They’re addictive and they can kill. Vaping is at epidemic levels at Tampa Bay area middle and high schools.
Along with their biology book, pencils and paper, more and more students are packing a Juul or other e-cigarette to sneak puffs between classes.
Seminole High School parent, Mike Ray believes parents need learn what their students are up to. “Just getting the parents up to speed on what the kids are facing every day is incredibly important” he said.
That’s the reason for a town hall meeting at the Seminole High auditorium.
With vaping up 78% among high school students, many worry, the problem is going to get worse and vape makers are to blame. “They’re appealing to kids. They’re appealing to the younger generation. And they want to market to grow throughout their life” said SRO, Deputy Jeffrey Cuttitta.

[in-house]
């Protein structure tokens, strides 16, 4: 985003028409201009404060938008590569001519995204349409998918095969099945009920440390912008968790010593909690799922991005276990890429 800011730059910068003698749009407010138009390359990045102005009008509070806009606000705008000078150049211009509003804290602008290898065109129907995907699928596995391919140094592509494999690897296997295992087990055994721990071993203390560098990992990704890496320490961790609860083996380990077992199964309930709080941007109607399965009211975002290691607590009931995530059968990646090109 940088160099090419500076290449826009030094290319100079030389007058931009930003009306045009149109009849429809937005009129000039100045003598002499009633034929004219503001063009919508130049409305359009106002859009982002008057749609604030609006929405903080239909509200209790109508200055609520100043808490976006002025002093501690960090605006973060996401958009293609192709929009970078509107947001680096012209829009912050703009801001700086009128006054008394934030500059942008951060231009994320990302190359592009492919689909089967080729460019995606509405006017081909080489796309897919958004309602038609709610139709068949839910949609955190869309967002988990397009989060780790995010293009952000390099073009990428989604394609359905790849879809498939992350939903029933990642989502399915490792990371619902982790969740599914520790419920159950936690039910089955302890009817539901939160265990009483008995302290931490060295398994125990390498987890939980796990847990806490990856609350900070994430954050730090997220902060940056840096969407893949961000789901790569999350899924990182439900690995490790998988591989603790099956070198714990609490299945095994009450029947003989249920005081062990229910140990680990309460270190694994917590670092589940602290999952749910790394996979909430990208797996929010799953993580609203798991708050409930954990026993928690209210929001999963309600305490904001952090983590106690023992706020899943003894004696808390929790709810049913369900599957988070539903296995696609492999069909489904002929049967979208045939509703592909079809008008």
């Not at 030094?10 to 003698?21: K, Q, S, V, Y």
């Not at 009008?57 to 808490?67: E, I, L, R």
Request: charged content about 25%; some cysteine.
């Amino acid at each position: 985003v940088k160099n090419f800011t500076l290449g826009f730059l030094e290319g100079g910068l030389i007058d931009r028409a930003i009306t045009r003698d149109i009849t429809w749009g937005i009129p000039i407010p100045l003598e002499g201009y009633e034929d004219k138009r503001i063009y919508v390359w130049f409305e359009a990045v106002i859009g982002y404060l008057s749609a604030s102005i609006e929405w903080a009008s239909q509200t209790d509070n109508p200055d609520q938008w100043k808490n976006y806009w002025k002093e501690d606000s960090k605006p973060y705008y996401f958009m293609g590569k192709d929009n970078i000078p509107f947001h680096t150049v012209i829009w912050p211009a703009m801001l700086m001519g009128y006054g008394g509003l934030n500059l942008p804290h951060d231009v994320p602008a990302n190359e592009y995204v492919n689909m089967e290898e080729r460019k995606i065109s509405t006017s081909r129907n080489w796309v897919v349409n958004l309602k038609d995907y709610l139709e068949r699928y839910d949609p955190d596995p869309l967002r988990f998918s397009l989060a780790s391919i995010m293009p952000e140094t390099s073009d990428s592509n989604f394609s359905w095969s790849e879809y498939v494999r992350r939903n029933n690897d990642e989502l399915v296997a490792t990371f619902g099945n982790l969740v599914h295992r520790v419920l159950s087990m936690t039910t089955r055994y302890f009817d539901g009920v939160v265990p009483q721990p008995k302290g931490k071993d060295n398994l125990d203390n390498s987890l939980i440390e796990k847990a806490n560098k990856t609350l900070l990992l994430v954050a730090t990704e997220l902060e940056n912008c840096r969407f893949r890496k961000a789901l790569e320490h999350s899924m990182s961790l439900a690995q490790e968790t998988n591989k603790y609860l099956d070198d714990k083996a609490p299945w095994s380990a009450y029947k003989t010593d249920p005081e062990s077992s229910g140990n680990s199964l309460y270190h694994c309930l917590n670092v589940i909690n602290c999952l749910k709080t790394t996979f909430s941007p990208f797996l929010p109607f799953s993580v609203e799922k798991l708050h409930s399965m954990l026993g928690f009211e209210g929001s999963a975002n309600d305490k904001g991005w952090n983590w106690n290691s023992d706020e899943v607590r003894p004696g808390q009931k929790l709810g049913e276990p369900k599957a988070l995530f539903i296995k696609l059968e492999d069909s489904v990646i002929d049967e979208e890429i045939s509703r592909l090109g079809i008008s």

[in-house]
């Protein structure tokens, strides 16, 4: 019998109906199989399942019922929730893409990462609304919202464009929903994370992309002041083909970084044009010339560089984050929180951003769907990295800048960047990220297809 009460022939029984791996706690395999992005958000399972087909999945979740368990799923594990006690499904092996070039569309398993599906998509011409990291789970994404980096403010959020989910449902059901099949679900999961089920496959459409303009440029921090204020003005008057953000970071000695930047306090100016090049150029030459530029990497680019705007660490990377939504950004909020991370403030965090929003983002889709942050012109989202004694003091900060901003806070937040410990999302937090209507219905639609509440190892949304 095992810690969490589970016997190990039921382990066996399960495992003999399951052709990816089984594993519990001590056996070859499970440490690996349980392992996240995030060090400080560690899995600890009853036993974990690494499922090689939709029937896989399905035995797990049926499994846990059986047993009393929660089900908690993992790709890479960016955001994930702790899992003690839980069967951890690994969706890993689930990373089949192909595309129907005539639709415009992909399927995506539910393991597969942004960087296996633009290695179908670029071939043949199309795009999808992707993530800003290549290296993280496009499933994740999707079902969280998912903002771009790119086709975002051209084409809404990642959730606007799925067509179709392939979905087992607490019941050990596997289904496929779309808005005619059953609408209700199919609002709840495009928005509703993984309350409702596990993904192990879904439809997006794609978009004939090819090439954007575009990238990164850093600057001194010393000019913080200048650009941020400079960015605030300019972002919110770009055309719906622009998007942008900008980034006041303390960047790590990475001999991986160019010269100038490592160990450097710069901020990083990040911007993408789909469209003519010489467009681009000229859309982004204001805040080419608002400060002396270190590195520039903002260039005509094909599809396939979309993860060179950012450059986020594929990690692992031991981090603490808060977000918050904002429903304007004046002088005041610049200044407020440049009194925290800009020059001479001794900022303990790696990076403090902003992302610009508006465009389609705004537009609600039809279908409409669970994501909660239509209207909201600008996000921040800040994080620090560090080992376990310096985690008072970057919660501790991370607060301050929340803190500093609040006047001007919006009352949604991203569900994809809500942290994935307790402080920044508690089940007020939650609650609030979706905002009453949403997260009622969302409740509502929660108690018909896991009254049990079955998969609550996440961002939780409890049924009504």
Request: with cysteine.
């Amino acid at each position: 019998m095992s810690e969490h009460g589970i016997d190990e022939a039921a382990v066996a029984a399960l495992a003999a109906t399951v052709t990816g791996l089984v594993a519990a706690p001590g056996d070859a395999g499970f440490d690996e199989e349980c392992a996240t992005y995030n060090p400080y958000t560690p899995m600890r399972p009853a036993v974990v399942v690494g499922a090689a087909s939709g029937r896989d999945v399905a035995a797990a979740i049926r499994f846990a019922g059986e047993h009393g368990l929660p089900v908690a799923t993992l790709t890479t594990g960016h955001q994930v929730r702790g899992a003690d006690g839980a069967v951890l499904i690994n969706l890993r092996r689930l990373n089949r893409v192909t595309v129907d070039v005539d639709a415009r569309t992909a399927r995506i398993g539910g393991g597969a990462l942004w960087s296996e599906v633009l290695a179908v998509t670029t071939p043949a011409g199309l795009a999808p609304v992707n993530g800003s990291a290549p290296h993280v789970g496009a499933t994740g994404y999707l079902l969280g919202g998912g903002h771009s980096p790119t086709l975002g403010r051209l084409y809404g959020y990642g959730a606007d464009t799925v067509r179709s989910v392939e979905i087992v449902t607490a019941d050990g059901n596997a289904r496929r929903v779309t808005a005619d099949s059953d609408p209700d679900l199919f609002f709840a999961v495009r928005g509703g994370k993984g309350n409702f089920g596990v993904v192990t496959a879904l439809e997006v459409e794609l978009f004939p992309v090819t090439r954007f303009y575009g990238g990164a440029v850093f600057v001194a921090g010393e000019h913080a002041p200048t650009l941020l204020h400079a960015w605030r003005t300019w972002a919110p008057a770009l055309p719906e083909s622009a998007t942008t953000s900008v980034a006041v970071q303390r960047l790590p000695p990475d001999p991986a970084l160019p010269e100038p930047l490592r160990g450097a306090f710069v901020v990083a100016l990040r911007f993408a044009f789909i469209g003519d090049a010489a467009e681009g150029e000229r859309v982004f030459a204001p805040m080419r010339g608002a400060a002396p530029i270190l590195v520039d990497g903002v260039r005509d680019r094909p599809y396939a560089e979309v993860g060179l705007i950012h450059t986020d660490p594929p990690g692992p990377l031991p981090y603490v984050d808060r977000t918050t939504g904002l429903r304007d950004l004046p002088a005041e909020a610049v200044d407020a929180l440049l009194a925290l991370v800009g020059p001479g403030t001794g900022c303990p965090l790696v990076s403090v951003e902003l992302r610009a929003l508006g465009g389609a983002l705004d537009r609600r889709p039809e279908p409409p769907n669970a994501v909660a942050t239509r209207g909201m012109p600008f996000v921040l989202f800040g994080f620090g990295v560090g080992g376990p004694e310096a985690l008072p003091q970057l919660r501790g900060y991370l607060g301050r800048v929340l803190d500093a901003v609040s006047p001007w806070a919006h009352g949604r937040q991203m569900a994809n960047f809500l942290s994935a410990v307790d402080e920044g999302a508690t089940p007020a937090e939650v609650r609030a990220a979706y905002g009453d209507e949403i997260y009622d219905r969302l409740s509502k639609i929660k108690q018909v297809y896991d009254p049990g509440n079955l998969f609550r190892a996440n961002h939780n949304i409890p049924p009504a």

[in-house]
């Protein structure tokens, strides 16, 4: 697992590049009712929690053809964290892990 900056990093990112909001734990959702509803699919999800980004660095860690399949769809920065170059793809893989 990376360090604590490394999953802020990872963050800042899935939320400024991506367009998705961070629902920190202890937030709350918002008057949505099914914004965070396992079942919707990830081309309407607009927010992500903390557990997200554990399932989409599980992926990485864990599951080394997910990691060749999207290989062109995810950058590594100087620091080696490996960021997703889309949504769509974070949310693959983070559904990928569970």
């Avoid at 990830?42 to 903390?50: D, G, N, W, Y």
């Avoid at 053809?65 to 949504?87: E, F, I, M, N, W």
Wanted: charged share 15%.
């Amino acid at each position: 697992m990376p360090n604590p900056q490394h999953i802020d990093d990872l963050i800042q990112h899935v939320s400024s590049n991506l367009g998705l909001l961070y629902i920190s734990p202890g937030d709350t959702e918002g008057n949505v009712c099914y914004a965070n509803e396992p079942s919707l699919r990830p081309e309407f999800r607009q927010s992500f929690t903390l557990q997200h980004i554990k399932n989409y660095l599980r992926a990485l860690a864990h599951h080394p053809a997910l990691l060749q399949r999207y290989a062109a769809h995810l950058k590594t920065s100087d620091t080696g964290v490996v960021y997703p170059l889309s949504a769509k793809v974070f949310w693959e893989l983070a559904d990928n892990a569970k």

Besides cutting into learning time, vaping could have long-lasting consequences.
“It effects their health. It effects brain activity. And we see it marketed to younger and younger children” said Seminole High Principal, Jane Lucas.
Abbe Edmiston, a middle schooler, stays far, far away from students who vape.
“It’s not a smart idea and they should like never even have started trying it” she said.
Vaping can also bring on legal issues, when THC oil is added. ‘Some of them have actually been sent to the hospital as a result of using it” said Deputy Cuttitta.
Deputy Jeffrey Cuttitta has this assignment for parents:”They need to check their rooms, check their backpacks, check their social media, check their phones. Talk to their kids” he said.
Recent crackdowns on vaping at school have put a dent in the problem. But Deputy Cuttitta knows, students are getting better at hiding it.